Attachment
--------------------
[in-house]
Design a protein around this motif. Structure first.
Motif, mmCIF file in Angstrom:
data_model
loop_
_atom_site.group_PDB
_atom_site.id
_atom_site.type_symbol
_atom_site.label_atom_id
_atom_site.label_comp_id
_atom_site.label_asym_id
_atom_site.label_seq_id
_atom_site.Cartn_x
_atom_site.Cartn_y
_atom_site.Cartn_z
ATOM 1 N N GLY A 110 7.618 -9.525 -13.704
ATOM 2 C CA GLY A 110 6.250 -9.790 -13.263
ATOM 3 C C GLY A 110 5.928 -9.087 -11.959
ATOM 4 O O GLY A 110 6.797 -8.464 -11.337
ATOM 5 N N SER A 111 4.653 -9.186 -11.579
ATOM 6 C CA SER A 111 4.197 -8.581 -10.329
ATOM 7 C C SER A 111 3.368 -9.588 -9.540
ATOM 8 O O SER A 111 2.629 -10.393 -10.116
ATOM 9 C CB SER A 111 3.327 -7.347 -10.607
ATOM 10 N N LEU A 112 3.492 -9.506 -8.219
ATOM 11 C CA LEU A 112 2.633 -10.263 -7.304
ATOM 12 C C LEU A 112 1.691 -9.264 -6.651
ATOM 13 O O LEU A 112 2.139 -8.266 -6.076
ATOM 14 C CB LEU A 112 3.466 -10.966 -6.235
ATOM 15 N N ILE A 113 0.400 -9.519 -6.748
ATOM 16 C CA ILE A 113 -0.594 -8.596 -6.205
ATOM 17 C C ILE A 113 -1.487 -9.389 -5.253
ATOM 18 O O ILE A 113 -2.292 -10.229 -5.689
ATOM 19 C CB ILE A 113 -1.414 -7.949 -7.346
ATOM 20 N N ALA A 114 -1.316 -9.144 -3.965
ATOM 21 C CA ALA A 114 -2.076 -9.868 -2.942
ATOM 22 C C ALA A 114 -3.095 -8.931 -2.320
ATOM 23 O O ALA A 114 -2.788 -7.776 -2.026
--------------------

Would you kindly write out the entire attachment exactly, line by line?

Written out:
[in-house]
Design a protein around this motif. Structure first.
Motif, mmCIF file in Angstrom:
data_model
loop_
_atom_site.group_PDB
_atom_site.id
_atom_site.type_symbol
_atom_site.label_atom_id
_atom_site.label_comp_id
_atom_site.label_asym_id
_atom_site.label_seq_id
_atom_site.Cartn_x
_atom_site.Cartn_y
_atom_site.Cartn_z
ATOM 1 N N GLY A 110 7.618 -9.525 -13.704
ATOM 2 C CA GLY A 110 6.250 -9.790 -13.263
ATOM 3 C C GLY A 110 5.928 -9.087 -11.959
ATOM 4 O O GLY A 110 6.797 -8.464 -11.337
ATOM 5 N N SER A 111 4.653 -9.186 -11.579
ATOM 6 C CA SER A 111 4.197 -8.581 -10.329
ATOM 7 C C SER A 111 3.368 -9.588 -9.540
ATOM 8 O O SER A 111 2.629 -10.393 -10.116
ATOM 9 C CB SER A 111 3.327 -7.347 -10.607
ATOM 10 N N LEU A 112 3.492 -9.506 -8.219
ATOM 11 C CA LEU A 112 2.633 -10.263 -7.304
ATOM 12 C C LEU A 112 1.691 -9.264 -6.651
ATOM 13 O O LEU A 112 2.139 -8.266 -6.076
ATOM 14 C CB LEU A 112 3.466 -10.966 -6.235
ATOM 15 N N ILE A 113 0.400 -9.519 -6.748
ATOM 16 C CA ILE A 113 -0.594 -8.596 -6.205
ATOM 17 C C ILE A 113 -1.487 -9.389 -5.253
ATOM 18 O O ILE A 113 -2.292 -10.229 -5.689
ATOM 19 C CB ILE A 113 -1.414 -7.949 -7.346
ATOM 20 N N ALA A 114 -1.316 -9.144 -3.965
ATOM 21 C CA ALA A 114 -2.076 -9.868 -2.942
ATOM 22 C C ALA A 114 -3.095 -8.931 -2.320
ATOM 23 O O ALA A 114 -2.788 -7.776 -2.026